Thanks to Deron and Deanna (and Chloe of course) for opening up their home yesterday for the Wednesday Night Threads Group. Deron, who hails from the great State of Texas, prepared the most delicious brisket I have ever tasted. He said the secret was in slow grilling it since 8am that morning with charcoal and mesquite. The beans he made were also very, very good. The rest of the meal was rounded out with dishes we all brought - fruit salad, potato salad, pistachio fluff, cookies, and my famous chocolate lemon bars. What a fun evening!
What is brisket you may ask - or really I asked, so I found this on the Internet:
In almost any meat animal, there are regions of the body used for different cuts. The brisket is the lower front region, akin to the breast area of a chicken. Brisket in general is one of the tougher cuts of meat, but it can become very tender through slow cooking and regular basting.
Brisket is a relatively inexpensive cut of beef, lamb or pork found on grocery store shelves, but it can also be one of the toughest cuts if not prepared properly. Meat cutters often divide a whole brisket into two separate parts before presenting it for sale. The flat cut brisket is very lean, but less flavorful and more difficult to prepare without a slow cooker. The other cut, called a point cut, is more marbled with fat and collagen, which makes it more flavorful and easier to tenderize through slow cooking at low heat.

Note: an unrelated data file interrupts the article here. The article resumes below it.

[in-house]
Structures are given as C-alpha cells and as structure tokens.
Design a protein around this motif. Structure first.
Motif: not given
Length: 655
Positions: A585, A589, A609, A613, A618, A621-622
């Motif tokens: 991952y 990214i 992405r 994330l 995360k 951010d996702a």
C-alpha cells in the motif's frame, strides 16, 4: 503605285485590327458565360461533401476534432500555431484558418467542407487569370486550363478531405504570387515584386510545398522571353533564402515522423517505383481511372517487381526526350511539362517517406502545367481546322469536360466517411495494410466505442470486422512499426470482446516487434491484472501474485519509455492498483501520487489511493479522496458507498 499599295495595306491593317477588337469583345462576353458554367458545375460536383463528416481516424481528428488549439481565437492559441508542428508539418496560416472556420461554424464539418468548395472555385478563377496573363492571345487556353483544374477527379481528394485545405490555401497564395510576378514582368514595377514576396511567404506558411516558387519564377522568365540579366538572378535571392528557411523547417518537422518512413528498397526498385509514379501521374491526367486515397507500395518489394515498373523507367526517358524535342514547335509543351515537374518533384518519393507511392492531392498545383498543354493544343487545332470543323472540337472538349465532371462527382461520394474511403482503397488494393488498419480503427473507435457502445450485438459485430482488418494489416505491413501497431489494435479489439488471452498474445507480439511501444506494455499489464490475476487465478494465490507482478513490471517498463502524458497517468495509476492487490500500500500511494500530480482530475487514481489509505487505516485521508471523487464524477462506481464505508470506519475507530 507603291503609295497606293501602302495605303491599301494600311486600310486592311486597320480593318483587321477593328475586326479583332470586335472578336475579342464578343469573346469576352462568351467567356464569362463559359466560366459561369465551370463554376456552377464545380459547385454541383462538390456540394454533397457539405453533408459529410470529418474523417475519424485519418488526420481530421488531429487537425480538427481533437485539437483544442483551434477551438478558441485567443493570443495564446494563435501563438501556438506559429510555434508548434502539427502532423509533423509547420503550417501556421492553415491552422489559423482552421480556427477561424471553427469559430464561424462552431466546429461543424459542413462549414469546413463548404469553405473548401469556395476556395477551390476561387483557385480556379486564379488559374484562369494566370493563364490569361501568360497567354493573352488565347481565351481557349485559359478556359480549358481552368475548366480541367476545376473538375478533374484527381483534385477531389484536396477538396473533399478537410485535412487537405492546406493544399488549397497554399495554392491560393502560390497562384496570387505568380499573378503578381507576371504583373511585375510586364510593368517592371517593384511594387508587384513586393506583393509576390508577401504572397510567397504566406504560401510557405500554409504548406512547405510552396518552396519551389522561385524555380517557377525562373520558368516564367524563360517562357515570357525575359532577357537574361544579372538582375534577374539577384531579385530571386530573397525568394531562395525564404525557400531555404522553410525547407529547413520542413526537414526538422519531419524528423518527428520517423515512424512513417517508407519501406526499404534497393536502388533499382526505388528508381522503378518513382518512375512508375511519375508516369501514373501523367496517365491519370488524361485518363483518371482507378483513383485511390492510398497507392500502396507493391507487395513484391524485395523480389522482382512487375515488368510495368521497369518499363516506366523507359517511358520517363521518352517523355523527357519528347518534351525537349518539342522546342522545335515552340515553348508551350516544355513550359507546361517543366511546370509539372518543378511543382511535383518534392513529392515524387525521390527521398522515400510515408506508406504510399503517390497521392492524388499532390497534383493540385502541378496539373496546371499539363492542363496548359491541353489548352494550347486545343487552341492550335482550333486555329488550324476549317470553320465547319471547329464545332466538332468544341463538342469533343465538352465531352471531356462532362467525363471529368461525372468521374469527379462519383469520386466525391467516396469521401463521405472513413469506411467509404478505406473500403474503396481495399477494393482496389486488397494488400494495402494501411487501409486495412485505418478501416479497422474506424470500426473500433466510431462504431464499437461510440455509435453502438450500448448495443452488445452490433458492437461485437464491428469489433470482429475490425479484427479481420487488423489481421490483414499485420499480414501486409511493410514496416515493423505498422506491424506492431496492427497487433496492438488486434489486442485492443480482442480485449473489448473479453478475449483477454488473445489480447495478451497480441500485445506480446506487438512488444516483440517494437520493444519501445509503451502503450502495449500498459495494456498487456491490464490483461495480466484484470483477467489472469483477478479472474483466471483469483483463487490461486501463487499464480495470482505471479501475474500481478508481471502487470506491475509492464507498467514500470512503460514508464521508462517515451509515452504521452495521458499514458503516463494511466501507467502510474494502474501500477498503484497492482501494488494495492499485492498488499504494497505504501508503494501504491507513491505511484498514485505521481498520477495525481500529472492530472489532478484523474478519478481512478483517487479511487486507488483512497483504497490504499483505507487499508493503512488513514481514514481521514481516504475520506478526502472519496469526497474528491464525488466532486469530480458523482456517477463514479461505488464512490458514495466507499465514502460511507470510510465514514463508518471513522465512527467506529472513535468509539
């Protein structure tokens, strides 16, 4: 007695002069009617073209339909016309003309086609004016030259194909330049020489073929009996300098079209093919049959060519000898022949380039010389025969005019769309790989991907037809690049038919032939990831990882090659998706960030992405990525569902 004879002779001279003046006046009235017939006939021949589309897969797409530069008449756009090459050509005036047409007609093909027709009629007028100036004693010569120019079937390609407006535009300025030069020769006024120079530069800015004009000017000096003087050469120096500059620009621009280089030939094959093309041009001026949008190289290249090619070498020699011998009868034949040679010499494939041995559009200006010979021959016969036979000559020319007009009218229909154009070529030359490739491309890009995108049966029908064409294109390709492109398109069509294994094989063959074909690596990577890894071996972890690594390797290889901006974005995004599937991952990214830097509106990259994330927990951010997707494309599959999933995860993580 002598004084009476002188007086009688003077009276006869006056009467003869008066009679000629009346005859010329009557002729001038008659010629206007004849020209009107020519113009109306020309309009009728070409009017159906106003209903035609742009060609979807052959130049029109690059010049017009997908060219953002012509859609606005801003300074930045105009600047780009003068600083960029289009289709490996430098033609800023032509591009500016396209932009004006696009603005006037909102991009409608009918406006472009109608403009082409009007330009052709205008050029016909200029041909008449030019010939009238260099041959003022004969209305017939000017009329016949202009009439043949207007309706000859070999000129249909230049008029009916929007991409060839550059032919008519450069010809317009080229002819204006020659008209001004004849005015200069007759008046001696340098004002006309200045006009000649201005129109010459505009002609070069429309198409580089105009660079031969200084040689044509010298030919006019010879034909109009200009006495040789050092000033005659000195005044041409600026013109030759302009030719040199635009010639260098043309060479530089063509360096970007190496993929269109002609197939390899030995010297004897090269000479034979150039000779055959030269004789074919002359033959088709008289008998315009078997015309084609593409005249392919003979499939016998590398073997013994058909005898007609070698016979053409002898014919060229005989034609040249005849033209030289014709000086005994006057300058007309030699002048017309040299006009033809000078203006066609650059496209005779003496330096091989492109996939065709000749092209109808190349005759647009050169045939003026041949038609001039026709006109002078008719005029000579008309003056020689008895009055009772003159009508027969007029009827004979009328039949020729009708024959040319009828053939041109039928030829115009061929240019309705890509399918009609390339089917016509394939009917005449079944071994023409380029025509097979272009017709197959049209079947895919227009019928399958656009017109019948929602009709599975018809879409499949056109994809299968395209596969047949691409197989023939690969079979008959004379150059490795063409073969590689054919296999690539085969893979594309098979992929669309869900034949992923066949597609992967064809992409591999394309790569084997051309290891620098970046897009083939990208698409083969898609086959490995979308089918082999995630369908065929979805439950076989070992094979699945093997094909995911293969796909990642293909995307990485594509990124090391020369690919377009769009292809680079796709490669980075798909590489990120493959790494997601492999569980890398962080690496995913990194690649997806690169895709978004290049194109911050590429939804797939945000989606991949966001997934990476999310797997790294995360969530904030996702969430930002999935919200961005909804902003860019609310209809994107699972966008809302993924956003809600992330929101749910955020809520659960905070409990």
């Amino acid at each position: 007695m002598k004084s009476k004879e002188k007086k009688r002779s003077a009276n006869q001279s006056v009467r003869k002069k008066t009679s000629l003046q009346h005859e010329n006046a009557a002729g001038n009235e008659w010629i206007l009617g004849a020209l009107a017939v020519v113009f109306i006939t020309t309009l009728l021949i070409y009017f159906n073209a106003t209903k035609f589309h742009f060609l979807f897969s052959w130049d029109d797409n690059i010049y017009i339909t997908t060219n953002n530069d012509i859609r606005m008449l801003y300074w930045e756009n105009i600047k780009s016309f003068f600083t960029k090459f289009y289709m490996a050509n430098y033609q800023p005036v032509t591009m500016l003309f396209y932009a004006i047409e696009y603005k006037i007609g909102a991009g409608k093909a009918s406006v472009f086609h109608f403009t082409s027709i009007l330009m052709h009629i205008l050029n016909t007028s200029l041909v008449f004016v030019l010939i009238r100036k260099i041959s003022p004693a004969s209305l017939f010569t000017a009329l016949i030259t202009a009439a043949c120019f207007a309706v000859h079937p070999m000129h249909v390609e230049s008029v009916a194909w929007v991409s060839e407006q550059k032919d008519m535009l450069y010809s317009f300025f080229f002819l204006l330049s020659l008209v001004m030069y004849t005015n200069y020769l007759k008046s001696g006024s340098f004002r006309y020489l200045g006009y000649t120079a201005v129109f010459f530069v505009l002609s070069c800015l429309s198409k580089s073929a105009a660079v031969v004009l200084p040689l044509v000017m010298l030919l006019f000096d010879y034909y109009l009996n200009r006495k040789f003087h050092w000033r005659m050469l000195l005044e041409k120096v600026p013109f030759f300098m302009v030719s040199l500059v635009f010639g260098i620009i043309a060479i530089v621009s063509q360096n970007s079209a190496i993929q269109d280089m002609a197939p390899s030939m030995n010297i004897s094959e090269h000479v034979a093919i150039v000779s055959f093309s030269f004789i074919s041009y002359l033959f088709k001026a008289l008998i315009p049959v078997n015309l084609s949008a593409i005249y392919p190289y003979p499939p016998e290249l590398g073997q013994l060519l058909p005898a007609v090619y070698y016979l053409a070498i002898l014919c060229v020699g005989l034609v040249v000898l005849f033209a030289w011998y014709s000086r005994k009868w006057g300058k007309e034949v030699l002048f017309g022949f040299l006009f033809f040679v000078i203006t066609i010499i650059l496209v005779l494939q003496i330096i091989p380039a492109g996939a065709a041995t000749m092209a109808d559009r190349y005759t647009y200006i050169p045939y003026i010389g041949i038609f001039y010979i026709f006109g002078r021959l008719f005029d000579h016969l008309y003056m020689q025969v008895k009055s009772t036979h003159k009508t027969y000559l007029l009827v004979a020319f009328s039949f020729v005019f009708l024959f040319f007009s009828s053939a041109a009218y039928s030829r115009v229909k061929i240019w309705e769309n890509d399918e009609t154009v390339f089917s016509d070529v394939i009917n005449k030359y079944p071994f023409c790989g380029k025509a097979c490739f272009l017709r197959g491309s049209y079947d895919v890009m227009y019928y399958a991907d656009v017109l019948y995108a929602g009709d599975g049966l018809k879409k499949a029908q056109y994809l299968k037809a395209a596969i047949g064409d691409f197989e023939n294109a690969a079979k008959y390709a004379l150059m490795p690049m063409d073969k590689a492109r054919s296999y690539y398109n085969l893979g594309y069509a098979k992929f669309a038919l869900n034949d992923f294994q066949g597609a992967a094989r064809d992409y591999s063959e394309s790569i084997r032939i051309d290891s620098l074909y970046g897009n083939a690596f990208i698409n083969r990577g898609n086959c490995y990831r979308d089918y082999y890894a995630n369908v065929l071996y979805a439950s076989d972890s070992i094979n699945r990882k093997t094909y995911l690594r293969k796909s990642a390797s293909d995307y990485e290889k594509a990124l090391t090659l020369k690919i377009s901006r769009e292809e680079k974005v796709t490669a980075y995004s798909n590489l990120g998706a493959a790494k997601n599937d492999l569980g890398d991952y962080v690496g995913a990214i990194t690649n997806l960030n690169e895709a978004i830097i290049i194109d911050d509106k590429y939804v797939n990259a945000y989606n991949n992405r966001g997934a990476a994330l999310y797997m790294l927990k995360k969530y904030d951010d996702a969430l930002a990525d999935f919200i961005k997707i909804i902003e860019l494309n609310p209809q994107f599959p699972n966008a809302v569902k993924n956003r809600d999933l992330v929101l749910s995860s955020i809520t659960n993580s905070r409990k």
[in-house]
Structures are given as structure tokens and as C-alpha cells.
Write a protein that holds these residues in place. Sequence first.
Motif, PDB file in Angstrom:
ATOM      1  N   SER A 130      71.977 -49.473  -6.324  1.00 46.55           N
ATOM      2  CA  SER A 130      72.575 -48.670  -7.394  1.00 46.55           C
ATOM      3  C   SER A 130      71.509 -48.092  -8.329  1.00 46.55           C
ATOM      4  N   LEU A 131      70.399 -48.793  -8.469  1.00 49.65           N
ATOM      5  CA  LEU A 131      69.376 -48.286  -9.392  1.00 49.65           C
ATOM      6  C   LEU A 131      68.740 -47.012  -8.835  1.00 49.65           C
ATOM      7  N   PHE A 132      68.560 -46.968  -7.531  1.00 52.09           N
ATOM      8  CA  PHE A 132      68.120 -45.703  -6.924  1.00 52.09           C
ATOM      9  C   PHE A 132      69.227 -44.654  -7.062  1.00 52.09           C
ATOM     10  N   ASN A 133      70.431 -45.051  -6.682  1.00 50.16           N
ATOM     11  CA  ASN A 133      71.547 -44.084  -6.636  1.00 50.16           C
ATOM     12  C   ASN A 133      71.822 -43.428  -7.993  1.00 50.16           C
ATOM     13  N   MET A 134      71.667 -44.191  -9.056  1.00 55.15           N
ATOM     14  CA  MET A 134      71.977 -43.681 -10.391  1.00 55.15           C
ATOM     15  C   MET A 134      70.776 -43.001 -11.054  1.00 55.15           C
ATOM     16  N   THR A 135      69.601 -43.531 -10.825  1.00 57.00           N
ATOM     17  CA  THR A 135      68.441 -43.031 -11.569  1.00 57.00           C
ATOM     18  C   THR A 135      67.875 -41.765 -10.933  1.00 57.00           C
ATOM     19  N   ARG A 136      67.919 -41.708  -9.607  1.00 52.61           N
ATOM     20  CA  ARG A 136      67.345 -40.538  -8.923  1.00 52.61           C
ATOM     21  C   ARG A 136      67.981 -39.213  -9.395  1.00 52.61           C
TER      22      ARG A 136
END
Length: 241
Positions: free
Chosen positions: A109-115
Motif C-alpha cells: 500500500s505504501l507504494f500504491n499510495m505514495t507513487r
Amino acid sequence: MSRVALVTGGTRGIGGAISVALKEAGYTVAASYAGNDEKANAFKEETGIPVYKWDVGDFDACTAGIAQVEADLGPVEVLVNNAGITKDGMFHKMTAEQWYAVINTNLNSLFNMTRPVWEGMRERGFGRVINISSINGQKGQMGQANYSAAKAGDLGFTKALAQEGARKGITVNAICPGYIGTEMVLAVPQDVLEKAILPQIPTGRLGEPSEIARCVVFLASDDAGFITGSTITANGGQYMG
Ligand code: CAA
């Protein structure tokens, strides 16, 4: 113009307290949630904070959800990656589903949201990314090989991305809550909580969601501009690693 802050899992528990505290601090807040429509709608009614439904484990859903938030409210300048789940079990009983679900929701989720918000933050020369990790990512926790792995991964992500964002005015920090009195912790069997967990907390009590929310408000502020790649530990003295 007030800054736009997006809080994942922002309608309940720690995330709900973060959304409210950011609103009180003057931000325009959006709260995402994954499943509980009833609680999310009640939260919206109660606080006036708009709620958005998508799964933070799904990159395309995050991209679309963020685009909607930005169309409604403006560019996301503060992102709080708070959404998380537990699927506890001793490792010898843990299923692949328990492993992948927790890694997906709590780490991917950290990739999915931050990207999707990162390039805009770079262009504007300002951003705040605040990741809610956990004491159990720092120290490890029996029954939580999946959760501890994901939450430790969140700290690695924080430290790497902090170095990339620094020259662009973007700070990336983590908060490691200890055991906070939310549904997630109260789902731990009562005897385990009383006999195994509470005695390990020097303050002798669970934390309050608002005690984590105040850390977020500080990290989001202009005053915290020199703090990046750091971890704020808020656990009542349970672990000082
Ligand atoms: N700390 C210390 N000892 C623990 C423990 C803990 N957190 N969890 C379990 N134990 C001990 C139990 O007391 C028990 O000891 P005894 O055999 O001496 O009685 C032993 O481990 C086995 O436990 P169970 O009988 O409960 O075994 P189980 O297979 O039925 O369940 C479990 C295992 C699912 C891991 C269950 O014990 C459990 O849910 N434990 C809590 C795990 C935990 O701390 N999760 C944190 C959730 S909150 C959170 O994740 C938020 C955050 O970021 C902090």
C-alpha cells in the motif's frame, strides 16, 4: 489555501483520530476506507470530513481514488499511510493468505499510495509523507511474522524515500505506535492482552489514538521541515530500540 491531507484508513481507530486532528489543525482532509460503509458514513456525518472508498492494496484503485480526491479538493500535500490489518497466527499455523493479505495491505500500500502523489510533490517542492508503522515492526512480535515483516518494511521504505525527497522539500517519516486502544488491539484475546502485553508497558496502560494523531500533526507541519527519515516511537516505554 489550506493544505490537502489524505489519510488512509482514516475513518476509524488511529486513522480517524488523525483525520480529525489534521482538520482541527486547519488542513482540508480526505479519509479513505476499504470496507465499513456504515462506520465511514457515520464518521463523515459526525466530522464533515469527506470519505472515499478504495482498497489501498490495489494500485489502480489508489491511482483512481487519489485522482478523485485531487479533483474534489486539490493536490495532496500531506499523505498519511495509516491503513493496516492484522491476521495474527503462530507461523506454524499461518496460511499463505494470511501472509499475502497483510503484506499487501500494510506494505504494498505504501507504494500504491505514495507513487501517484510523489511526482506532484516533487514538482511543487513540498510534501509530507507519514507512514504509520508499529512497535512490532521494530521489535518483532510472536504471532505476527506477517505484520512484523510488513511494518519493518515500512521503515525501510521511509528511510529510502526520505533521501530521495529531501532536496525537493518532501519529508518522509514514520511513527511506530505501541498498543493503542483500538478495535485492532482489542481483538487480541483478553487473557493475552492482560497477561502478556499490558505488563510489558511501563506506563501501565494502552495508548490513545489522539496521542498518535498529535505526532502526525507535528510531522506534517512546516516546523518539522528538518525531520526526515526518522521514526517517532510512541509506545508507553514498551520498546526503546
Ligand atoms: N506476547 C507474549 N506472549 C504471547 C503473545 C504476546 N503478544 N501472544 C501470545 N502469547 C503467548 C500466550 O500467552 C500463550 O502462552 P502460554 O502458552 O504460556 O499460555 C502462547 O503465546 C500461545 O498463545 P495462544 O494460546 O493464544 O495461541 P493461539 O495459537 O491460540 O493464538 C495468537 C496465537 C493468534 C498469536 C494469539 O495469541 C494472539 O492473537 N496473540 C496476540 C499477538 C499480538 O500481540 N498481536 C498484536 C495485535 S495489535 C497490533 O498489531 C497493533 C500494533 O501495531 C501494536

A point cut beef brisket is often included on the menu of Southern-style barbecue restaurants, especially in the state of Texas. Although other animals have a brisket suitable for braising or barbecuing, the default setting for brisket served as barbecue is beef. Large slabs of point cut brisket or even whole brisket are placed on racks in a barbecue smoker, with an indirect heat source of wood chips providing a controlled slow cooking atmosphere. A beef brisket prepared for barbecue could spend at least 10-12 hours in a smoker or other cooker before it is ready to be served.
Beef brisket becomes very tender after slow cooking because of a cap of fat, known in some circles as a deckel. The brisket is placed in the slow cooker, oven or smoker with the fat cap on top, which allows gravity to draw it into the meat very slowly. The slow cooking process also allows the collagen and fat between the muscle tissues of the brisket to melt, not burn or sear.
So now I know. Enjoy the photos. The flower photos are from my home.